How the Lunar New Year connects to Tet Fest, and where to celebrate locally.
New Orleans saw a quick and permeant change to its makeup in 1975 when wave after wave of Vietnamese citizens fled their country after the Fall of Saigon placed Vietnam into communist control. So many Vietnamese came to New Orleans and Louisiana that people with Vietnamese heritage make up the largest Asian-American demographic in the state, with a majority living in New Orleans East and the Westbank.
With Vietnam sharing the same humid climate and French/Catholic historical roots as New Orleans, these new Vietnamese-Americans were able to quickly integrate into the local culture. Despite this assimilation, the local Vietnamese population still holds on to a number of traditions and practices from their heritage.
Lunar New Year
Tết is one tradition that holds a lot of importance for Vietnamese not just in New Orleans, but also around the world. Tết Nguyên Đán, literally Feast of the First Morning of the First Day (or simply Tết), is a spring festival that celebrates the arrival of the Lunar New Year on the Vietnamese calendar, which is typically in late January or early February. The official date for the upcoming Tết in 2020, based on the lunar calendar, will be Jan. 25 and it will be celebrating the Year of the Tý (rat).
People may notice that Tết actually shares lot of similarities with the Chinese New Year. According to author Joshua Eliot in his book, “Thailand, Indochina and Burma Handbook,” Vietnam was invaded and ruled by China three separate times from 111 B.C. to 936 A.D. With China influencing Vietnam’s culture for that long, the Vietnamese adopted the concept of a lunar calendar, the zodiac animals, and Chinese traditions into Tết. This influence has been a part of Vietnam’s history and has followed the people wherever they go, including New Orleans.
Typical Tết traditions for many Vietnamese families may include cleaning their homes and cooking a large array of food for the holiday. One of the most important food items associated with Tết is bánh chưng, which is a sticky rice cake filled with mung beans and pork, all wrapped together with dong leaves. Bánh chưng, which was created by Prince Lang Liêu during the Hùng dynasty according to the 1695 book, “Lĩnh Nam chích quái,” is not only included with Tết meals, it’s also used as one of several offerings that are placed on household altars, which are made out to ancestors and recently departed family members.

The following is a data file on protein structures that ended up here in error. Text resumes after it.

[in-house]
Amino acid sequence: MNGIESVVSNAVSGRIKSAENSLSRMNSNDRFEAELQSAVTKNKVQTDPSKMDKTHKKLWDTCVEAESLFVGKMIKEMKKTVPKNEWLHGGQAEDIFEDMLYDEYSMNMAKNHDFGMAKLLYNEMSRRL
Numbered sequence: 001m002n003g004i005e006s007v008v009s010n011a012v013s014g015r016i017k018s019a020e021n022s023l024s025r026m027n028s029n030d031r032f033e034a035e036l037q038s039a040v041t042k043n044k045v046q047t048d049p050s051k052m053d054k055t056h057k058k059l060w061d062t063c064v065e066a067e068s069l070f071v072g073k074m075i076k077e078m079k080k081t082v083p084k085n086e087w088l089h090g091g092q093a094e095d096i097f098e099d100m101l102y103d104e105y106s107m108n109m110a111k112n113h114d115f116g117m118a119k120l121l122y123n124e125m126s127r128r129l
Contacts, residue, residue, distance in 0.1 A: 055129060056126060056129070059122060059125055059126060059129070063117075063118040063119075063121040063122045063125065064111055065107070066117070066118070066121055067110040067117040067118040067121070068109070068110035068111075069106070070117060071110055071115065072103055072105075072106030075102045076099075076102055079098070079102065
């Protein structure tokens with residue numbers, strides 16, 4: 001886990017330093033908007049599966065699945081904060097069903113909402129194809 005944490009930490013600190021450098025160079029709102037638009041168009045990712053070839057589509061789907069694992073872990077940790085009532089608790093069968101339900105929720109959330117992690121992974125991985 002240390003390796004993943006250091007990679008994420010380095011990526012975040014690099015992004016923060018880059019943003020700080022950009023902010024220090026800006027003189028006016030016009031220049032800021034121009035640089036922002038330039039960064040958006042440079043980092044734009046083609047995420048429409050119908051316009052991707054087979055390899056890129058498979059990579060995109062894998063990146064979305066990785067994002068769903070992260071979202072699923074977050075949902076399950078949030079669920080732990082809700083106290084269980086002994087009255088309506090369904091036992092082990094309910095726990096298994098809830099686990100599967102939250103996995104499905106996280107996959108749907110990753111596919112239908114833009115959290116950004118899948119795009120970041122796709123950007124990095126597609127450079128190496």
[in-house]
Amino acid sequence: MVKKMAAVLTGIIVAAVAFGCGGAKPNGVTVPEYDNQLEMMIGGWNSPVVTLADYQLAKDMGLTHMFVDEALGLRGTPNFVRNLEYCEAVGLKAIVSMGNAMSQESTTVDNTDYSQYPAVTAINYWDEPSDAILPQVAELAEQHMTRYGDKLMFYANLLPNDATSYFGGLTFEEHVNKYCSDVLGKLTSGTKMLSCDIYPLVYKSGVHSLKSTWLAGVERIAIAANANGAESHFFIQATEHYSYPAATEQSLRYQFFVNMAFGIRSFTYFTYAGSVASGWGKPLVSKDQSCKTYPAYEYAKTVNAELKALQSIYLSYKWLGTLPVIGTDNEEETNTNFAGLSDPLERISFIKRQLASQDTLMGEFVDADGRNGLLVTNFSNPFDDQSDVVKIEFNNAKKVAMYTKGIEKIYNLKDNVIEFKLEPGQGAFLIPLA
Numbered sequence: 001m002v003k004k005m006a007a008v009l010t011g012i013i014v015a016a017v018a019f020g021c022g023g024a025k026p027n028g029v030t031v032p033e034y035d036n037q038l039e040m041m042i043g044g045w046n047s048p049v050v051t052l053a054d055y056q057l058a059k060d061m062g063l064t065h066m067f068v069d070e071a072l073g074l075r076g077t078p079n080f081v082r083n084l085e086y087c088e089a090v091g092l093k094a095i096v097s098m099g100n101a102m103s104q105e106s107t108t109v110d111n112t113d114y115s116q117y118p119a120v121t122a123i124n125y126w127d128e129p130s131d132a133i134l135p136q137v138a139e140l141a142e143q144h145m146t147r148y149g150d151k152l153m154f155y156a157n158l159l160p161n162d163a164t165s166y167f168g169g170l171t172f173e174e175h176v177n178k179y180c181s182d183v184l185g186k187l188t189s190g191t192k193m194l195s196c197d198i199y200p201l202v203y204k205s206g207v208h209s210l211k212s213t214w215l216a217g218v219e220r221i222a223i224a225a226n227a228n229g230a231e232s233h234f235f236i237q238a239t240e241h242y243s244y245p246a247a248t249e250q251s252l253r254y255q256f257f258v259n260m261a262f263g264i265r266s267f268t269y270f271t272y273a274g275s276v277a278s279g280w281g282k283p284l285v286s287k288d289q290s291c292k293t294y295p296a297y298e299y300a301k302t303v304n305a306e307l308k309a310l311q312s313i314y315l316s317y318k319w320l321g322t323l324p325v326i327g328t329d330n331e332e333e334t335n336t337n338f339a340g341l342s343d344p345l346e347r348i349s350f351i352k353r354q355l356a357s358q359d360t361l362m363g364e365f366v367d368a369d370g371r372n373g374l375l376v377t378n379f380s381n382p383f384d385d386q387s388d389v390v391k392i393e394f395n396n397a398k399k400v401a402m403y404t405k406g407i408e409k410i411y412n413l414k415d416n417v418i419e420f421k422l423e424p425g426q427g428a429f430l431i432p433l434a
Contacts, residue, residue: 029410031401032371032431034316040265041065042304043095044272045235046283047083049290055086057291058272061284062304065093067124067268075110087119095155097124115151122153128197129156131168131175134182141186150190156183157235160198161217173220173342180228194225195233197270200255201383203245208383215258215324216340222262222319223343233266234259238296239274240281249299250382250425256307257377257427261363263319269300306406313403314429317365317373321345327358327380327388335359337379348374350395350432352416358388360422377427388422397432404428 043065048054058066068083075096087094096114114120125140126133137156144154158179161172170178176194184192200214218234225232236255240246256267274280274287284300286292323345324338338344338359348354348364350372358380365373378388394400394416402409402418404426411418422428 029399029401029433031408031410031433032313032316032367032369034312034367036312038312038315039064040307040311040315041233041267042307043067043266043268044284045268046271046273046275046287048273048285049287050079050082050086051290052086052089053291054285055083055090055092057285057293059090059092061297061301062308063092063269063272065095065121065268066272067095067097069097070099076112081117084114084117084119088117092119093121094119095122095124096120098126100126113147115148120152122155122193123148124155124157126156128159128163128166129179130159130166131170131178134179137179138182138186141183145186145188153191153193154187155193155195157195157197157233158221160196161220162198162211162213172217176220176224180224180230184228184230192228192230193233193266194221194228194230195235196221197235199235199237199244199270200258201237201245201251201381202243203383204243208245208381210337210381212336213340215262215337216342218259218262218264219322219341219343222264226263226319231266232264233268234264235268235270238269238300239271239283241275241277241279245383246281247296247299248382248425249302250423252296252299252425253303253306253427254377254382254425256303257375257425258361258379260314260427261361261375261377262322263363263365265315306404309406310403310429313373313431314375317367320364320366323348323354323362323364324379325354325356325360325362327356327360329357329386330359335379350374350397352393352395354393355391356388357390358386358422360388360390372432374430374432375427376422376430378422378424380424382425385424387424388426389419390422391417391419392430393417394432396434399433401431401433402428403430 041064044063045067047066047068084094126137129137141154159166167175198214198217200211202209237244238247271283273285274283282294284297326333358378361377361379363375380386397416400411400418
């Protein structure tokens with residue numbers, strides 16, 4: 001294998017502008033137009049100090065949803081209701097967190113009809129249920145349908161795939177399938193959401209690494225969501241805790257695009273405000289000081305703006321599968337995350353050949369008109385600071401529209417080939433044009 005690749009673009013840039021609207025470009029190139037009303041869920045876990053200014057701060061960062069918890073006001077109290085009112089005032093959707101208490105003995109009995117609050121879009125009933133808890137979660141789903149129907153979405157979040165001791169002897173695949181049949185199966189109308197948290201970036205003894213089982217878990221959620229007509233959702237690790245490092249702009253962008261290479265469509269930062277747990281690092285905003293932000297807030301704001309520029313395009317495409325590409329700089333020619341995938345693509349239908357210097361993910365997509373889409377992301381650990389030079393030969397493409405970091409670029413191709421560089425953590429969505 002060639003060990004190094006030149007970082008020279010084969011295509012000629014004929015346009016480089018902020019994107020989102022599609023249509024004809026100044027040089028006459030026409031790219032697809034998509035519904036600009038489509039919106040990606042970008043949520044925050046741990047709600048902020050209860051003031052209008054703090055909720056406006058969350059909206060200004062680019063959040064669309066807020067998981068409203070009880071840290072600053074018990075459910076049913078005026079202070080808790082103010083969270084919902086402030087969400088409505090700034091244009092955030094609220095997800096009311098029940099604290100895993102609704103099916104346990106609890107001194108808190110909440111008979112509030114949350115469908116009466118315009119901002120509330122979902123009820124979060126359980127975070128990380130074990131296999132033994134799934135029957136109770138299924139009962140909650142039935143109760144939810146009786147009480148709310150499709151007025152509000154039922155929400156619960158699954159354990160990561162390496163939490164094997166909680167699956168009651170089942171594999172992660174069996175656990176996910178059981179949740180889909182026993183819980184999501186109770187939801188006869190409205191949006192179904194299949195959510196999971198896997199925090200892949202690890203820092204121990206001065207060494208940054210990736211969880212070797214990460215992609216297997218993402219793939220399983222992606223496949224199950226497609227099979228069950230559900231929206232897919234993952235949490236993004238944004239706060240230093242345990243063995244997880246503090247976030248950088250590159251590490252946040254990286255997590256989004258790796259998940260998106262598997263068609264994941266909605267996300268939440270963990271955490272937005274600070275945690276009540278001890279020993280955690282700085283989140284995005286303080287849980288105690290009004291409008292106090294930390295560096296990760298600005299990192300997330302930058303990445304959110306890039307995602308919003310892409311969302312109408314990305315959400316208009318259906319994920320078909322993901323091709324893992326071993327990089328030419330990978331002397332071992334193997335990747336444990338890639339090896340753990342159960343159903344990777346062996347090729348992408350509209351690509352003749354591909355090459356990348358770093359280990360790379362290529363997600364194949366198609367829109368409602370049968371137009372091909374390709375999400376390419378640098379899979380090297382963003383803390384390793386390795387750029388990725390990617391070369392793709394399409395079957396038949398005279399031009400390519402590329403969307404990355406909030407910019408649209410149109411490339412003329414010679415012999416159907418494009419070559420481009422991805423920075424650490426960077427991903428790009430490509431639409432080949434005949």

Other well-known traditional Tết customs include lì xì, where elders and adults give their younger relatives money in a red envelope as a passage of wealth and prosperity, and xông đất, where the first person who enters a family’s house at the start of the new year will either bring the family good or bad luck for the rest of the year depending on their temperament and morality.
Celebrating in the Crescent City
While Vietnamese-American families all have their favorite home traditions for Tết, another big part of the holiday includes public celebrations that people take part in. In New Orleans, the most well-known celebration of Tết is the Tết Fest hosted by Mary Queen of Vietnam Church, established in 1975, on 14001 Dwyer Blvd. The festival features many vendors selling popular and traditional Vietnamese food like phở and bánh mì, as well as live performances, fireworks, and traditional dances like the múa lân (which is a traditional dragon/lion dance that is meant to scare away evil spirits). The next Tết Fest, which is a free family event, is scheduled for Feb. 7 to 9, 2020.
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Another place where you can see Tết festivities is at the Hong Kong Food Market on 925 Behrman Highway in Gretna, which is the largest Asian supermarket in the Greater New Orleans Area. The Hong Kong Market has impromptu Tết celebrations where fireworks are shot off in front of the entrance and people dressed in múa lân costumes dance around the market to bless it for the new year.
Whether you’re celebrating the holiday with your family or just visiting the festival at Mary Queen of Vietnam Church, Tết has become a part of New Orleans’ identity thanks to our Vietnamese community. Despite the reason why they had to make their way over to Louisiana, the local Vietnamese-American population is an aspect of New Orleans worth celebrating every new year. Chúc Mừng Năm Mới!